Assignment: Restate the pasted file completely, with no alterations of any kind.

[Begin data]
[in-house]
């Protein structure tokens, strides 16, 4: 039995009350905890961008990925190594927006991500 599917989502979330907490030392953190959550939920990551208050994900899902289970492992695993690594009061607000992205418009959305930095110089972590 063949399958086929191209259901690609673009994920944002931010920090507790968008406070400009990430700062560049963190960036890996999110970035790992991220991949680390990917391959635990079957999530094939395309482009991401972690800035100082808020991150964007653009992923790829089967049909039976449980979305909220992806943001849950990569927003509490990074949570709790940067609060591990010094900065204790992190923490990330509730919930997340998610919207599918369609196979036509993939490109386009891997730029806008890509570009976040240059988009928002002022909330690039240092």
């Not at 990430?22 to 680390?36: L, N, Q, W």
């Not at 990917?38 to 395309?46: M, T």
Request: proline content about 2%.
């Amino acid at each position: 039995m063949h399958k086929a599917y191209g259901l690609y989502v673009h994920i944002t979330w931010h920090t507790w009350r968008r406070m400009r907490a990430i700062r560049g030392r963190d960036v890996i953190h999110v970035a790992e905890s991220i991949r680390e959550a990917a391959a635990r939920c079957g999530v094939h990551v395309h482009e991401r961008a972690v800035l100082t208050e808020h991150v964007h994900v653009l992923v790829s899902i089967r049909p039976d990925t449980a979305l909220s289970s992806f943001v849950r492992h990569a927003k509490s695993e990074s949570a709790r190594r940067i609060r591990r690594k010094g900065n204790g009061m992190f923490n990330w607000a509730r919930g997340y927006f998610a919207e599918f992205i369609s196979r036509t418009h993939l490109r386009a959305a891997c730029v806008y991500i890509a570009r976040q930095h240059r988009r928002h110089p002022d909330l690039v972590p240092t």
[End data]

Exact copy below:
[in-house]
């Protein structure tokens, strides 16, 4: 039995009350905890961008990925190594927006991500 599917989502979330907490030392953190959550939920990551208050994900899902289970492992695993690594009061607000992205418009959305930095110089972590 063949399958086929191209259901690609673009994920944002931010920090507790968008406070400009990430700062560049963190960036890996999110970035790992991220991949680390990917391959635990079957999530094939395309482009991401972690800035100082808020991150964007653009992923790829089967049909039976449980979305909220992806943001849950990569927003509490990074949570709790940067609060591990010094900065204790992190923490990330509730919930997340998610919207599918369609196979036509993939490109386009891997730029806008890509570009976040240059988009928002002022909330690039240092």
């Not at 990430?22 to 680390?36: L, N, Q, W």
């Not at 990917?38 to 395309?46: M, T």
Request: proline content about 2%.
């Amino acid at each position: 039995m063949h399958k086929a599917y191209g259901l690609y989502v673009h994920i944002t979330w931010h920090t507790w009350r968008r406070m400009r907490a990430i700062r560049g030392r963190d960036v890996i953190h999110v970035a790992e905890s991220i991949r680390e959550a990917a391959a635990r939920c079957g999530v094939h990551v395309h482009e991401r961008a972690v800035l100082t208050e808020h991150v964007h994900v653009l992923v790829s899902i089967r049909p039976d990925t449980a979305l909220s289970s992806f943001v849950r492992h990569a927003k509490s695993e990074s949570a709790r190594r940067i609060r591990r690594k010094g900065n204790g009061m992190f923490n990330w607000a509730r919930g997340y927006f998610a919207e599918f992205i369609s196979r036509t418009h993939l490109r386009a959305a891997c730029v806008y991500i890509a570009r976040q930095h240059r988009r928002h110089p002022d909330l690039v972590p240092t």